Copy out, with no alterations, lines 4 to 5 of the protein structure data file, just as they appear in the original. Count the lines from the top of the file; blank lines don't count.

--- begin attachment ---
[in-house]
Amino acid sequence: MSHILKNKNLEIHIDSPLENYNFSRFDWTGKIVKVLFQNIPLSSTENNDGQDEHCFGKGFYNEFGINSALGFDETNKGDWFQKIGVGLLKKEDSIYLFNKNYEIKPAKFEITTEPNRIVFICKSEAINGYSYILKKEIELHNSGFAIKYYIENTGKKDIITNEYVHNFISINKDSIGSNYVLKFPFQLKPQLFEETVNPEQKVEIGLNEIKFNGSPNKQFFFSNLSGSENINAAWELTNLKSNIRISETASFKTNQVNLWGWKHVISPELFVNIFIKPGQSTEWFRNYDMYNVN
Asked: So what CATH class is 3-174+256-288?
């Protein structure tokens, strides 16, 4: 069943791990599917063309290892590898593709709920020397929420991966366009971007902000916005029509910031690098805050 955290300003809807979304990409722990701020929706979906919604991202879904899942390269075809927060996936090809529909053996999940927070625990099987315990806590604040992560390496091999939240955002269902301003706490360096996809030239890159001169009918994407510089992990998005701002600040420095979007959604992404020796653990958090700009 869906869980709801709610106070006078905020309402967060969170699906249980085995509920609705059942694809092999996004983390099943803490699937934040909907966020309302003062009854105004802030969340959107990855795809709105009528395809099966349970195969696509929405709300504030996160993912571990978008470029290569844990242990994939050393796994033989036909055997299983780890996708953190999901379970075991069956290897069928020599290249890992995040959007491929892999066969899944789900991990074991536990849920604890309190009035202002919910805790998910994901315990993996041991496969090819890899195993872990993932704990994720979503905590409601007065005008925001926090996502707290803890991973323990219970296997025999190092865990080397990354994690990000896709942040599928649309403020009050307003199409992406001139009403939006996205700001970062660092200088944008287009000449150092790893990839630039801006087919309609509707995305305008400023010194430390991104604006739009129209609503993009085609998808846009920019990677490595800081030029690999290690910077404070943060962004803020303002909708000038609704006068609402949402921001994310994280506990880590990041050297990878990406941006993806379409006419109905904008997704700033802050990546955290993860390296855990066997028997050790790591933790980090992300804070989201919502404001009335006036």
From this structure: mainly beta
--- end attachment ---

């Protein structure tokens, strides 16, 4: 069943791990599917063309290892590898593709709920020397929420991966366009971007902000916005029509910031690098805050 955290300003809807979304990409722990701020929706979906919604991202879904899942390269075809927060996936090809529909053996999940927070625990099987315990806590604040992560390496091999939240955002269902301003706490360096996809030239890159001169009918994407510089992990998005701002600040420095979007959604992404020796653990958090700009 869906869980709801709610106070006078905020309402967060969170699906249980085995509920609705059942694809092999996004983390099943803490699937934040909907966020309302003062009854105004802030969340959107990855795809709105009528395809099966349970195969696509929405709300504030996160993912571990978008470029290569844990242990994939050393796994033989036909055997299983780890996708953190999901379970075991069956290897069928020599290249890992995040959007491929892999066969899944789900991990074991536990849920604890309190009035202002919910805790998910994901315990993996041991496969090819890899195993872990993932704990994720979503905590409601007065005008925001926090996502707290803890991973323990219970296997025999190092865990080397990354994690990000896709942040599928649309403020009050307003199409992406001139009403939006996205700001970062660092200088944008287009000449150092790893990839630039801006087919309609509707995305305008400023010194430390991104604006739009129209609503993009085609998808846009920019990677490595800081030029690999290690910077404070943060962004803020303002909708000038609704006068609402949402921001994310994280506990880590990041050297990878990406941006993806379409006419109905904008997704700033802050990546955290993860390296855990066997028997050790790591933790980090992300804070989201919502404001009335006036």
From this structure: mainly beta